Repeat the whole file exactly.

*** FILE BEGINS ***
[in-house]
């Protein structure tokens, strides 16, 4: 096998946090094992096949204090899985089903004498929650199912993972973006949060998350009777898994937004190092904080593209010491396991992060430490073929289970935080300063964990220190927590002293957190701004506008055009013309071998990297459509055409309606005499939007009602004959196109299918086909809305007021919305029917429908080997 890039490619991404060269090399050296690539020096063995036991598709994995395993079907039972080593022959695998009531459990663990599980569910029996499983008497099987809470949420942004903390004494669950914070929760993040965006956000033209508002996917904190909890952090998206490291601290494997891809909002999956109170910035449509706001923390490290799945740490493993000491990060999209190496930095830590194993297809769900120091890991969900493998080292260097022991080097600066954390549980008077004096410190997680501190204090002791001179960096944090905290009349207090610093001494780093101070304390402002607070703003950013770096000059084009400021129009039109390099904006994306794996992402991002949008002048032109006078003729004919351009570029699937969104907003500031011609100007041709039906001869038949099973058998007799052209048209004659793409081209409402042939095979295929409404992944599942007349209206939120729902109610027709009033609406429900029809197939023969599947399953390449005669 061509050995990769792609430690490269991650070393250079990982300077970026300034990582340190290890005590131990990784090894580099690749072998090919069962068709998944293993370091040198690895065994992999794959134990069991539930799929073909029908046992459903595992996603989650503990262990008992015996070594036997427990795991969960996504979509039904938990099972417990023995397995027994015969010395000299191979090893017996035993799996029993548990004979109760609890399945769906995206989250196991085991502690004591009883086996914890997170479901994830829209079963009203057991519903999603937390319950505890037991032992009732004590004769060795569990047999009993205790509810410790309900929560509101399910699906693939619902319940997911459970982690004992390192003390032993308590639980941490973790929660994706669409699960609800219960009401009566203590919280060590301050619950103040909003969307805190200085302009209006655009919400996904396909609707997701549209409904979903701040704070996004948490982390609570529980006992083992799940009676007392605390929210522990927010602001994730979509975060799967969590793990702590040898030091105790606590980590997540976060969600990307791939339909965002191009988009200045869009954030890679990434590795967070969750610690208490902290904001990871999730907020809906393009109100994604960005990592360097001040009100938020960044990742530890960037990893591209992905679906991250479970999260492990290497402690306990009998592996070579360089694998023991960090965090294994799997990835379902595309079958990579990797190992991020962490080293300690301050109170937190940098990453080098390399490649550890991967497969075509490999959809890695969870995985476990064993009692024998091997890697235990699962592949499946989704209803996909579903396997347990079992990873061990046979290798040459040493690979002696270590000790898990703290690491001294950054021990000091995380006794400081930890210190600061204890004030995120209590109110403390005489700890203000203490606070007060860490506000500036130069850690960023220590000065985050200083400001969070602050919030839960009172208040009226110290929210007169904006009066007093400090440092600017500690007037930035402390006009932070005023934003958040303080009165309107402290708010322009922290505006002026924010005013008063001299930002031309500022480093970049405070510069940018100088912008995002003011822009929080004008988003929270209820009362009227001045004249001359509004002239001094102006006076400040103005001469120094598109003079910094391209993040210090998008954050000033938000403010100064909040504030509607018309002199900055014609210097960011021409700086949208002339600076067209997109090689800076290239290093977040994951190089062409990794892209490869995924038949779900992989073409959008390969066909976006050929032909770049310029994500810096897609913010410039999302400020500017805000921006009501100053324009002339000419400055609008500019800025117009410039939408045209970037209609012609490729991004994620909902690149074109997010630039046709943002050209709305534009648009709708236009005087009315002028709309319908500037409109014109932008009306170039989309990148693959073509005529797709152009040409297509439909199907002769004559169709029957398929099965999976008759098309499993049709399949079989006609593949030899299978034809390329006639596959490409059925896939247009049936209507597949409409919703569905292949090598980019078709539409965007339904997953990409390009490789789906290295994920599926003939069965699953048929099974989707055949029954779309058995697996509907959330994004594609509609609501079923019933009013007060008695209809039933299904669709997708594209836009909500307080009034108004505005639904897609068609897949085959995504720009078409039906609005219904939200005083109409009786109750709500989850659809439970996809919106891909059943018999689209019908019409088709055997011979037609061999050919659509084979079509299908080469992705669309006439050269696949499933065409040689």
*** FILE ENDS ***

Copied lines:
[in-house]
């Protein structure tokens, strides 16, 4: 096998946090094992096949204090899985089903004498929650199912993972973006949060998350009777898994937004190092904080593209010491396991992060430490073929289970935080300063964990220190927590002293957190701004506008055009013309071998990297459509055409309606005499939007009602004959196109299918086909809305007021919305029917429908080997 890039490619991404060269090399050296690539020096063995036991598709994995395993079907039972080593022959695998009531459990663990599980569910029996499983008497099987809470949420942004903390004494669950914070929760993040965006956000033209508002996917904190909890952090998206490291601290494997891809909002999956109170910035449509706001923390490290799945740490493993000491990060999209190496930095830590194993297809769900120091890991969900493998080292260097022991080097600066954390549980008077004096410190997680501190204090002791001179960096944090905290009349207090610093001494780093101070304390402002607070703003950013770096000059084009400021129009039109390099904006994306794996992402991002949008002048032109006078003729004919351009570029699937969104907003500031011609100007041709039906001869038949099973058998007799052209048209004659793409081209409402042939095979295929409404992944599942007349209206939120729902109610027709009033609406429900029809197939023969599947399953390449005669 061509050995990769792609430690490269991650070393250079990982300077970026300034990582340190290890005590131990990784090894580099690749072998090919069962068709998944293993370091040198690895065994992999794959134990069991539930799929073909029908046992459903595992996603989650503990262990008992015996070594036997427990795991969960996504979509039904938990099972417990023995397995027994015969010395000299191979090893017996035993799996029993548990004979109760609890399945769906995206989250196991085991502690004591009883086996914890997170479901994830829209079963009203057991519903999603937390319950505890037991032992009732004590004769060795569990047999009993205790509810410790309900929560509101399910699906693939619902319940997911459970982690004992390192003390032993308590639980941490973790929660994706669409699960609800219960009401009566203590919280060590301050619950103040909003969307805190200085302009209006655009919400996904396909609707997701549209409904979903701040704070996004948490982390609570529980006992083992799940009676007392605390929210522990927010602001994730979509975060799967969590793990702590040898030091105790606590980590997540976060969600990307791939339909965002191009988009200045869009954030890679990434590795967070969750610690208490902290904001990871999730907020809906393009109100994604960005990592360097001040009100938020960044990742530890960037990893591209992905679906991250479970999260492990290497402690306990009998592996070579360089694998023991960090965090294994799997990835379902595309079958990579990797190992991020962490080293300690301050109170937190940098990453080098390399490649550890991967497969075509490999959809890695969870995985476990064993009692024998091997890697235990699962592949499946989704209803996909579903396997347990079992990873061990046979290798040459040493690979002696270590000790898990703290690491001294950054021990000091995380006794400081930890210190600061204890004030995120209590109110403390005489700890203000203490606070007060860490506000500036130069850690960023220590000065985050200083400001969070602050919030839960009172208040009226110290929210007169904006009066007093400090440092600017500690007037930035402390006009932070005023934003958040303080009165309107402290708010322009922290505006002026924010005013008063001299930002031309500022480093970049405070510069940018100088912008995002003011822009929080004008988003929270209820009362009227001045004249001359509004002239001094102006006076400040103005001469120094598109003079910094391209993040210090998008954050000033938000403010100064909040504030509607018309002199900055014609210097960011021409700086949208002339600076067209997109090689800076290239290093977040994951190089062409990794892209490869995924038949779900992989073409959008390969066909976006050929032909770049310029994500810096897609913010410039999302400020500017805000921006009501100053324009002339000419400055609008500019800025117009410039939408045209970037209609012609490729991004994620909902690149074109997010630039046709943002050209709305534009648009709708236009005087009315002028709309319908500037409109014109932008009306170039989309990148693959073509005529797709152009040409297509439909199907002769004559169709029957398929099965999976008759098309499993049709399949079989006609593949030899299978034809390329006639596959490409059925896939247009049936209507597949409409919703569905292949090598980019078709539409965007339904997953990409390009490789789906290295994920599926003939069965699953048929099974989707055949029954779309058995697996509907959330994004594609509609609501079923019933009013007060008695209809039933299904669709997708594209836009909500307080009034108004505005639904897609068609897949085959995504720009078409039906609005219904939200005083109409009786109750709500989850659809439970996809919106891909059943018999689209019908019409088709055997011979037609061999050919659509084979079509299908080469992705669309006439050269696949499933065409040689």